What Should a ‘Do Something’ Congress Do?
Not what the President has in mind.
By David Corbin and Matt Parks of The Federalist Today
President Barack Obama announced last week that his “big motto” for the United States Congress is “do something.” After winning the presidency with some other “big” slogans, all the president is asking the Congress to do six years later is to “hope” again. Not just in his ability to bring about real “change” in Washington, but for Congress to believe in its. Congress too can be the one we’ve been waiting for. It can give us “change we can believe in” and take us “forward”–and it can show the folks in America that change doesn’t happen here from the top down, but from the bottom up–like all good things, except the ones that happen from the middle out.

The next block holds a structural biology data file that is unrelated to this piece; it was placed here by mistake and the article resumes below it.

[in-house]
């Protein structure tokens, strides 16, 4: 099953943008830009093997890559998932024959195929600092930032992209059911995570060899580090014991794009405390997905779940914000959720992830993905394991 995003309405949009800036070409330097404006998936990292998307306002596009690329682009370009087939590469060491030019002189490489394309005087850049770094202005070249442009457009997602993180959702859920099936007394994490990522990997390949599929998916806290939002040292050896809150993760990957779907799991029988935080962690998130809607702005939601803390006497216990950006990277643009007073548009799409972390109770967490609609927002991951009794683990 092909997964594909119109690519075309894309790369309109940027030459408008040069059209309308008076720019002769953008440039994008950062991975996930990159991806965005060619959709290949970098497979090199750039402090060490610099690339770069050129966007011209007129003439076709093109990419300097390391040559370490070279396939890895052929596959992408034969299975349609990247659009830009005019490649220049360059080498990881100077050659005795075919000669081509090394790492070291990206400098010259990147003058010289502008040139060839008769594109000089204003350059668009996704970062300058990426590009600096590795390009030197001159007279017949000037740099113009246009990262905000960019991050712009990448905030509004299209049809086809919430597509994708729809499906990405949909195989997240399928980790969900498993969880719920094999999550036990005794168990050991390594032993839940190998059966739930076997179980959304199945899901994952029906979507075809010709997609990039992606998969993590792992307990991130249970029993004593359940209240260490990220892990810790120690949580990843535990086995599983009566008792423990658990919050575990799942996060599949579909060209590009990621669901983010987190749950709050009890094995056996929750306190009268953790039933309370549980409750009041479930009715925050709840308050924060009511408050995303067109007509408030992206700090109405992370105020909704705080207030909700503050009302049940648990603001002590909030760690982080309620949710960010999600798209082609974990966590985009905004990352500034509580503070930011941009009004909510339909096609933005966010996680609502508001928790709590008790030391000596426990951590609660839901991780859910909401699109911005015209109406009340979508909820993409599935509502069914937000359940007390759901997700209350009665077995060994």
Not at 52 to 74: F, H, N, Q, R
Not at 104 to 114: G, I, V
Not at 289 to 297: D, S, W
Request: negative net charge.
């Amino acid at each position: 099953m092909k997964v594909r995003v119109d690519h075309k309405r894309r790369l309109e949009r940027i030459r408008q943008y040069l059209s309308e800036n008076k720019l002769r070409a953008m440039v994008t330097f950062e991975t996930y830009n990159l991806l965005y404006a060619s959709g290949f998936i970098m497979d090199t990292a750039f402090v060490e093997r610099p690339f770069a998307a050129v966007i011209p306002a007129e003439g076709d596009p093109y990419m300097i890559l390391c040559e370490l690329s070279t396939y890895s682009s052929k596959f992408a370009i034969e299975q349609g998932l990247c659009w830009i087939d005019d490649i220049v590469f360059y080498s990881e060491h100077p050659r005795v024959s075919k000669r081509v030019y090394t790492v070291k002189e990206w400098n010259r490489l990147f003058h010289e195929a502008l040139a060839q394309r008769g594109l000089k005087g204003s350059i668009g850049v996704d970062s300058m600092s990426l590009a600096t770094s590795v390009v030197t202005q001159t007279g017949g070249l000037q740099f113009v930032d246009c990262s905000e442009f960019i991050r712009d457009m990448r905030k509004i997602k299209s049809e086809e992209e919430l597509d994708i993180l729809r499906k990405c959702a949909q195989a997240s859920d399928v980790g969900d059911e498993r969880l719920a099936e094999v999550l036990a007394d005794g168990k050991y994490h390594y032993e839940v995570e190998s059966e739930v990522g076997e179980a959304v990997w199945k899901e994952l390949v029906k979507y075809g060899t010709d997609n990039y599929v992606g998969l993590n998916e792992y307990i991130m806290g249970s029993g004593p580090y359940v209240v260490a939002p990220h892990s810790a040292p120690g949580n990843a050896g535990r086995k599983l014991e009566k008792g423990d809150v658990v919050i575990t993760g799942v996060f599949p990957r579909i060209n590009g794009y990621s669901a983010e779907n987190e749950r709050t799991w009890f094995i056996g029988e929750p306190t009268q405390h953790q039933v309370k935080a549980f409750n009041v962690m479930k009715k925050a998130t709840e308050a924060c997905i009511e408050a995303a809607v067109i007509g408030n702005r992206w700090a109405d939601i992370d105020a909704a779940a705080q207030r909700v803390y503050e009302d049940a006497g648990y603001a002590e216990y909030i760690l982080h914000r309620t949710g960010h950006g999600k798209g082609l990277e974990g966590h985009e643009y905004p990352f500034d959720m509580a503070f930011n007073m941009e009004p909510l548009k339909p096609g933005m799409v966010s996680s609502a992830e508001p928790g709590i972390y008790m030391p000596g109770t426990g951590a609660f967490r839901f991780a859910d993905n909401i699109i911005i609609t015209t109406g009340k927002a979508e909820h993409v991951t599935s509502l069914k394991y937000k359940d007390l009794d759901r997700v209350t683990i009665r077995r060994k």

House Democrats also love their slogans and responded in lock step a day later, with an“action plan” meant to counter Republican inaction, gridlock, and petty constitutional lawsuits against the executive branch. The Democratic House leadership promised that if they become the majority party after the 2014 midterm elections, they would spend the first 100 days of the 114th Congress working to: (a) increase the minimum wage to $10.10 an hour; (b) “jumpstart” the middle class by passing the Student Emergency Loan Refinancing Act, the CEO-Employee Pay Fairness Act, and the Build American Bonds Act, and (c) help women (and presumably families) by strengthening the Violence Against Women Act, and passing the Paycheck Fairness Act, the Strong Start for America’s Children Act, and the Healthy Families Act.